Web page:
Twitter, Glee and moderates rule at NUS conference
What a difference a year makes.
When members of the National Union of Students were electing their new president this time last year, it was in the heat of the general election campaign.
The students' best friend, a certain Nick Clegg, sent a video message to the conference pledging to vote against any raising of the upper limit on tuition fees.
Like a rather quaint relic of former times, the video is still there on the NUS annual conference page.
This year, in the light-filled halls of the Sage Centre in Gateshead, students had a message from another Liberal Democrat.
This time it was former MP and NUS activist, Lembit Opik. Even he couldn't resist telling the audience not to be cheeky.
But he came bearing not jungle palms but an olive branch. Talking of the shame he felt for how the Lib Dems had let down students over tuition fees, he offered his services to student unions wanting to rebuild links with the grassroots of his party.
He accused his party leaders of making sanctimonious promises to students before the election and then letting them down.
As if it hasn't been bad enough becoming the biggest student hate figure for decades, Mr Clegg now faces the prospect of Lembit Opik taking the moral high ground over him.
Anyone expecting this conference to be a continuation of student riots by other means would have been badly disappointed.
Interest in student politics has been raised by the dramatic street protests and occupations, but this wasn't any kind of rant-fest.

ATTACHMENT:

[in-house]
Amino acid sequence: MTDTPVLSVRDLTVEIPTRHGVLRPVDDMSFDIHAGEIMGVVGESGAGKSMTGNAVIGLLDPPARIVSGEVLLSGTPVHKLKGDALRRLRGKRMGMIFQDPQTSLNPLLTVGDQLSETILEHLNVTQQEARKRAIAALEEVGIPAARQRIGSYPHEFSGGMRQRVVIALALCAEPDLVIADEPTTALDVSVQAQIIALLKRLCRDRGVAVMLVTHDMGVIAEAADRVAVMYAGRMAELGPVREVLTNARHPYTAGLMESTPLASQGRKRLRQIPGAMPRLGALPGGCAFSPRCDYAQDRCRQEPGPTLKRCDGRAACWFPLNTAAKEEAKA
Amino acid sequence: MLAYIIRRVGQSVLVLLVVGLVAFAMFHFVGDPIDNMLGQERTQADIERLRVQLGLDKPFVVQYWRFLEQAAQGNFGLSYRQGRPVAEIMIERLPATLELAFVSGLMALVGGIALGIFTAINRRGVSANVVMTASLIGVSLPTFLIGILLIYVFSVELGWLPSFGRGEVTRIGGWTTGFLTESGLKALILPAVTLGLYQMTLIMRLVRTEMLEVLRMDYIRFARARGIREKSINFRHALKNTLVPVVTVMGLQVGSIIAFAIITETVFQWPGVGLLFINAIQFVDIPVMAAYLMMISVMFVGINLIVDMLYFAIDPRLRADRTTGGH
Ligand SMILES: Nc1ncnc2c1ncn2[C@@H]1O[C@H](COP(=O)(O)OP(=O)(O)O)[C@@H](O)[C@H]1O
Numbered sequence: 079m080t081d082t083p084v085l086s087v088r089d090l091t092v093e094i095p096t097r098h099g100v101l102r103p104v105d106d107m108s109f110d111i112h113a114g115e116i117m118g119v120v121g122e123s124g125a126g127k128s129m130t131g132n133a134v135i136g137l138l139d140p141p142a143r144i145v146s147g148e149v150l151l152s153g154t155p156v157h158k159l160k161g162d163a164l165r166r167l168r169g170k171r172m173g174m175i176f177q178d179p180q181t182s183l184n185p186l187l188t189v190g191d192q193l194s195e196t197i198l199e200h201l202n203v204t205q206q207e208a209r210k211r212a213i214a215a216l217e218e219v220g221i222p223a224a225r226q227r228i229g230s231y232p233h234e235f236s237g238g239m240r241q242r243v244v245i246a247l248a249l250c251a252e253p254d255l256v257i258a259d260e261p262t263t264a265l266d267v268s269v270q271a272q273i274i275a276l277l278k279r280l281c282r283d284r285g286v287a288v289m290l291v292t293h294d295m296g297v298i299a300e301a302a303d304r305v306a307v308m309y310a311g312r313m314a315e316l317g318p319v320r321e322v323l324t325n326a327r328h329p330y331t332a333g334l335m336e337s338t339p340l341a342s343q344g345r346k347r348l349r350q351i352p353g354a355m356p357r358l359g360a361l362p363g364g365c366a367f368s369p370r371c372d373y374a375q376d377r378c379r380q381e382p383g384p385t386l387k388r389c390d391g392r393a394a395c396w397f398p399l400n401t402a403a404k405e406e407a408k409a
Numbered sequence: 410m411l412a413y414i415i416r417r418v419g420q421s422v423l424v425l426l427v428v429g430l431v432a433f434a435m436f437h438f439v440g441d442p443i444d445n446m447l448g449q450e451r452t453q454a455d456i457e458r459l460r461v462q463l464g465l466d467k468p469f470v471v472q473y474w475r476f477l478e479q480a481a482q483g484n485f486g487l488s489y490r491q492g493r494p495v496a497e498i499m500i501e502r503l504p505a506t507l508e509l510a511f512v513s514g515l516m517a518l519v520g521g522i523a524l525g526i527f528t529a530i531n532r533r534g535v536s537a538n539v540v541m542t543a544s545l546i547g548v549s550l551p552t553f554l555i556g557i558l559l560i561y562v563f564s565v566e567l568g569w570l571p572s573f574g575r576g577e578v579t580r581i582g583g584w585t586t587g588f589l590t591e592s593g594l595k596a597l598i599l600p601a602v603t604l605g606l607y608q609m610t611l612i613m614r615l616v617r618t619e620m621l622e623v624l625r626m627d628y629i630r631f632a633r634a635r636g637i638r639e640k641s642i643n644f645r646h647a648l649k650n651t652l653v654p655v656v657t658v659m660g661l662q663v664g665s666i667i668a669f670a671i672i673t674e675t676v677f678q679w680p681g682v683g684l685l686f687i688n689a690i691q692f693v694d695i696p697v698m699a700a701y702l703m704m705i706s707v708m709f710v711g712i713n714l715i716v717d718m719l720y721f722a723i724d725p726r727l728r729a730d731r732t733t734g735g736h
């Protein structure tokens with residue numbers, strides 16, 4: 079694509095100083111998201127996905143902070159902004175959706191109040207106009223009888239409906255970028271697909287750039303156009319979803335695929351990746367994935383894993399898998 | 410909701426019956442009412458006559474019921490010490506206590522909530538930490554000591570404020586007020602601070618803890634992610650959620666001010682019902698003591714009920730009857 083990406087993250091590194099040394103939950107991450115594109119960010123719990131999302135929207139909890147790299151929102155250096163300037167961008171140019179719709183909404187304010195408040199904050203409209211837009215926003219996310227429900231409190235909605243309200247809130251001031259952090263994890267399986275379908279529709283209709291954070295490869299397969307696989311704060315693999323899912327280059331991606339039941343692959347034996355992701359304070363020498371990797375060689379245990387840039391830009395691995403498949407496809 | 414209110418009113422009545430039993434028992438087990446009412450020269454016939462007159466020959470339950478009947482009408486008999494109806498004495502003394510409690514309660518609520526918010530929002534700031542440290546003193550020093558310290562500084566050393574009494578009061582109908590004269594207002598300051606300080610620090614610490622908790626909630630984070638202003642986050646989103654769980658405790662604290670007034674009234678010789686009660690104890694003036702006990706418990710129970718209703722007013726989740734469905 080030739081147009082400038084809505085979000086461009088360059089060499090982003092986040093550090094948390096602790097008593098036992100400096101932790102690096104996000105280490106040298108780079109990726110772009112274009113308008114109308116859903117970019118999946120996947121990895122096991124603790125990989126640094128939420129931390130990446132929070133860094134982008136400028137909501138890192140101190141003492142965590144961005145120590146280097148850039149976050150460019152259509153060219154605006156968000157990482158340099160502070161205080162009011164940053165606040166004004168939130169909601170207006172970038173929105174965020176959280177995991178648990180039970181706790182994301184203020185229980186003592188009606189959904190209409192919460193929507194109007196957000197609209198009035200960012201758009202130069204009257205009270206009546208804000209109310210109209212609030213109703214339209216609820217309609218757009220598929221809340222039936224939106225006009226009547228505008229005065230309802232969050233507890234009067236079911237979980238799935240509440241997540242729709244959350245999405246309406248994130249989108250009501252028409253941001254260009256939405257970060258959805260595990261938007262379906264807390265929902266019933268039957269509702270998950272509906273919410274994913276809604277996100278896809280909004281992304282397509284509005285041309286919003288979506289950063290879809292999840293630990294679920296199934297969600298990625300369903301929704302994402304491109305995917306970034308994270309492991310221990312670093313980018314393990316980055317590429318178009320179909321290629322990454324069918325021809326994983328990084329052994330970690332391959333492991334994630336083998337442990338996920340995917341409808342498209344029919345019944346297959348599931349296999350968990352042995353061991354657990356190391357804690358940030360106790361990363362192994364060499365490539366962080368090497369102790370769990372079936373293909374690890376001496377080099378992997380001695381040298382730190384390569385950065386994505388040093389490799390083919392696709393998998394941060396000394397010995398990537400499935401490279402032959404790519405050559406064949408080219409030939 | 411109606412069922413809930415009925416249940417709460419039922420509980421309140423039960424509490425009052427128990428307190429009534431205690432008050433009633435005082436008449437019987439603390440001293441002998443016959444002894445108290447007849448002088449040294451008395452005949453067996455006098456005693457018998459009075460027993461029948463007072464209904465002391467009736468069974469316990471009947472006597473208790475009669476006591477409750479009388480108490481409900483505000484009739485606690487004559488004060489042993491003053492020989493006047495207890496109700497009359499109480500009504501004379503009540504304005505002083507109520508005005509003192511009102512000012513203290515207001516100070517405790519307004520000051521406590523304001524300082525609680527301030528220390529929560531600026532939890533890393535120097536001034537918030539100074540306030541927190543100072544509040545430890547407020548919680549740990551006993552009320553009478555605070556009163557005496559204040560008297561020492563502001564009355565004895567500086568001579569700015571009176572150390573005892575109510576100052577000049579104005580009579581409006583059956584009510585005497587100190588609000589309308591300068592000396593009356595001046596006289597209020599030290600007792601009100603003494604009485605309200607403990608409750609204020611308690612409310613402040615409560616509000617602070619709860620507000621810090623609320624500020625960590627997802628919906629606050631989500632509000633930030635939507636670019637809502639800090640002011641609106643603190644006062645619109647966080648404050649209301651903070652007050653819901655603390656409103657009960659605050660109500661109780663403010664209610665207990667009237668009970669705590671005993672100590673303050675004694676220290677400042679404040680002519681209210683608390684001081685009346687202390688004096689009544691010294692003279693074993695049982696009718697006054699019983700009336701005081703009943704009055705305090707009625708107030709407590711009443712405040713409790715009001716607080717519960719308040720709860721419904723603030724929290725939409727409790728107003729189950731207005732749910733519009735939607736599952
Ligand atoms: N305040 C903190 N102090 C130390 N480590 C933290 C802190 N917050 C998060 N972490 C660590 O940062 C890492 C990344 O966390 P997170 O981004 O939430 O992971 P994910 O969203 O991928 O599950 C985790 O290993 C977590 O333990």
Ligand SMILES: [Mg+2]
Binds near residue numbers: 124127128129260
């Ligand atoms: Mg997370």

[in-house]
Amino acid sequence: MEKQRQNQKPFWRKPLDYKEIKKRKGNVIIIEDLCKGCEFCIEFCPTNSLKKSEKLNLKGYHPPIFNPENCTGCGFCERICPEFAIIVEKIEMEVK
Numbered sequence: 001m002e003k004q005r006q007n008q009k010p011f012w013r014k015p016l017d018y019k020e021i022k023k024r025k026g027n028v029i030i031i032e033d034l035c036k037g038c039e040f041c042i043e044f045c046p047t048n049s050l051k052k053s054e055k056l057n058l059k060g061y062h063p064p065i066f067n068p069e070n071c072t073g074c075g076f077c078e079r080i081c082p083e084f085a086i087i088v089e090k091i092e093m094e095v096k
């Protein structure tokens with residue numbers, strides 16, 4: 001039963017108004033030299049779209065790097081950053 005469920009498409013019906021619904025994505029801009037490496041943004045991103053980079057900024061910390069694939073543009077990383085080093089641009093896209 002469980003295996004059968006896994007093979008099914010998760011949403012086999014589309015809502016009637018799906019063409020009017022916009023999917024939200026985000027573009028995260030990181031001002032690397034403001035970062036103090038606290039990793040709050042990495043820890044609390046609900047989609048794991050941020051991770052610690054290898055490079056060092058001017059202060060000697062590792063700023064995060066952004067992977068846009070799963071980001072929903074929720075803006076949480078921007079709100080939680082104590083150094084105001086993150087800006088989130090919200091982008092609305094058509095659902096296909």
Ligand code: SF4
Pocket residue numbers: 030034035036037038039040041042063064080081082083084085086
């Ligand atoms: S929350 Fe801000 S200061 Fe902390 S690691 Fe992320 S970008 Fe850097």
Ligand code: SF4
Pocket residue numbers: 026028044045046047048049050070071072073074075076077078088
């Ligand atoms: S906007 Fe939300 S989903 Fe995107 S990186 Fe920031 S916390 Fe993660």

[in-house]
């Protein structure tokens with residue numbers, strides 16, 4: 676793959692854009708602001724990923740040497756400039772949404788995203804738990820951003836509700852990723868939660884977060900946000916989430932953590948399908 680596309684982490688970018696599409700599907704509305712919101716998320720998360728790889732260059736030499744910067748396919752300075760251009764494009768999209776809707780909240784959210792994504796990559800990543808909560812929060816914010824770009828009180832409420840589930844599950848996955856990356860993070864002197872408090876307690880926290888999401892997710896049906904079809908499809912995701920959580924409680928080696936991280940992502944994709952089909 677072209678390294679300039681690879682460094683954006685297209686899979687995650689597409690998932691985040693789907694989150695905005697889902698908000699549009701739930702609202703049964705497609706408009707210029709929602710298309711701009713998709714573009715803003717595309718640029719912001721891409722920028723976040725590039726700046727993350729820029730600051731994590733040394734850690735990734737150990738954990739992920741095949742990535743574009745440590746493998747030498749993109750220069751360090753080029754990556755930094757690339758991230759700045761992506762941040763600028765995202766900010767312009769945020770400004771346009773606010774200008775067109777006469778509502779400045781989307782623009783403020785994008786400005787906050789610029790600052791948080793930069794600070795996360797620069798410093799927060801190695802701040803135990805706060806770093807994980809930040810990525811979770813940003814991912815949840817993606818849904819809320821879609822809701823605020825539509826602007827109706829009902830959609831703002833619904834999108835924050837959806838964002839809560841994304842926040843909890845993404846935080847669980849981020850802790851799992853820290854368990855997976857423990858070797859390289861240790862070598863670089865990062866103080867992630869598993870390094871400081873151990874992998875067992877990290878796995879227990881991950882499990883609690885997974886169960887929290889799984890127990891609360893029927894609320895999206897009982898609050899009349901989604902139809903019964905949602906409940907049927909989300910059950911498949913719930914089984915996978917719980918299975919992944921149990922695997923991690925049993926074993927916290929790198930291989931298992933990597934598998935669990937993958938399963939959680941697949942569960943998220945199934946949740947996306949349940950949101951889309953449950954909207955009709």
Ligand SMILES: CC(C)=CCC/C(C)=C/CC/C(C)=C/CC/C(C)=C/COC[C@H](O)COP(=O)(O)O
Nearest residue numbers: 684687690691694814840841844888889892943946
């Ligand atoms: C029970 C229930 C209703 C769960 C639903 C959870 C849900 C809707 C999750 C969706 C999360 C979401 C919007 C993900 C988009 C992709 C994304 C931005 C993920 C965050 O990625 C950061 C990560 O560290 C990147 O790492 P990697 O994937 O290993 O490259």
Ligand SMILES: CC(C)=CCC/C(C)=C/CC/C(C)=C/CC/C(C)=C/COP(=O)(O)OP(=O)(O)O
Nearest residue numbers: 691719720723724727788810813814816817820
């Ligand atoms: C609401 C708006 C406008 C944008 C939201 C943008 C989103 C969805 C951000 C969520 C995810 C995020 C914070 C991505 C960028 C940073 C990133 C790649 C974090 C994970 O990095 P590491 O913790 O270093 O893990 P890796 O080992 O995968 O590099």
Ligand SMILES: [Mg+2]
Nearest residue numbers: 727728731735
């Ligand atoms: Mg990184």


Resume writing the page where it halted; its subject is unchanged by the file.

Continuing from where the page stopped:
Speeches were strongly felt and articulate, and listened to with plenty of mutual respect.
And, even after a year of unprecedented activism, it was the more moderate centre-left wing of student politics which has emerged as stronger in the NUS than the radical fringes.
There were passionate speeches calling to take the protest back to the streets, but that wasn't the way that the votes were going.
The winning presidential candidate, Liam Burns, describes himself as centre left.
Although he called for more local protests, and "civil disobedience" such as sit-ins and occupations, a proposal to stage another national protest in the autumn was rejected.
There might well be further national demonstrations, but as one representative put it, they didn't want to "fetishise" the idea of protest.
And forget any stereotypes about student grunge. Anyone wandering into this elegant Tyneside setting might have thought they were wandering into some kind of hi-tech industry conference.
This was a Twittering epicentre. Everything that moved got blogged - and often really well - in what might be called a laptopcracy.
There was the usual range of campaign stalls with leaflets and stickers, but the most prominent display was from the mobile phone company that sponsored the event.
Even if university isn't free any more, there is still the prospect of occasional free wi-fi.
There was even an outbreak of Glee-style dancing.
Supporters of candidates have been wearing campaign T-shirts around the conference and a block of these delegates formed an alarmingly well-organised song and dance group.
There has been much talk this year of the return of 1960s-style student radicalism.
And this has been an extraordinary year for student politics. No one could have anticipated the wave of protests, riots and occupations.
But this is a different type of politics. It's image-aware, tuned into its own technology, and capable of innovative campaigning.
And by the looks of this conference, it's not so much Street Fighting Man as Dancing in the Street.